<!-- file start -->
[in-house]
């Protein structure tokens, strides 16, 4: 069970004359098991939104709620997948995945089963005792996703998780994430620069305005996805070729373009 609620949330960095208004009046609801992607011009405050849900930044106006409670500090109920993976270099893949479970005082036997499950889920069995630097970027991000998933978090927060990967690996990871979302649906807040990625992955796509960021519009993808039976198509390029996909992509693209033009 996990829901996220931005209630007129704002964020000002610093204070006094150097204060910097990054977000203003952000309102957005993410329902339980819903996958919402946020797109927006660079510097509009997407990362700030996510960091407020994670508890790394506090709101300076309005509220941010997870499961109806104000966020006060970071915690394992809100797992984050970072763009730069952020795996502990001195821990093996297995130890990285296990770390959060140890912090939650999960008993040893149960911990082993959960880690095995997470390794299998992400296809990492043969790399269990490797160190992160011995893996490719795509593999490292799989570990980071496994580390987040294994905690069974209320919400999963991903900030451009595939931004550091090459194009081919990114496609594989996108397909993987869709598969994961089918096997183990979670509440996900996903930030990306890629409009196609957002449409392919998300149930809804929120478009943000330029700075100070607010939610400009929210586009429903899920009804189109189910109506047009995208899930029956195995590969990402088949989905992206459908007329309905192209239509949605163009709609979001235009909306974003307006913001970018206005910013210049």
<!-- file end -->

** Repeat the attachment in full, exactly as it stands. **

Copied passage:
[in-house]
């Protein structure tokens, strides 16, 4: 069970004359098991939104709620997948995945089963005792996703998780994430620069305005996805070729373009 609620949330960095208004009046609801992607011009405050849900930044106006409670500090109920993976270099893949479970005082036997499950889920069995630097970027991000998933978090927060990967690996990871979302649906807040990625992955796509960021519009993808039976198509390029996909992509693209033009 996990829901996220931005209630007129704002964020000002610093204070006094150097204060910097990054977000203003952000309102957005993410329902339980819903996958919402946020797109927006660079510097509009997407990362700030996510960091407020994670508890790394506090709101300076309005509220941010997870499961109806104000966020006060970071915690394992809100797992984050970072763009730069952020795996502990001195821990093996297995130890990285296990770390959060140890912090939650999960008993040893149960911990082993959960880690095995997470390794299998992400296809990492043969790399269990490797160190992160011995893996490719795509593999490292799989570990980071496994580390987040294994905690069974209320919400999963991903900030451009595939931004550091090459194009081919990114496609594989996108397909993987869709598969994961089918096997183990979670509440996900996903930030990306890629409009196609957002449409392919998300149930809804929120478009943000330029700075100070607010939610400009929210586009429903899920009804189109189910109506047009995208899930029956195995590969990402088949989905992206459908007329309905192209239509949605163009709609979001235009909306974003307006913001970018206005910013210049």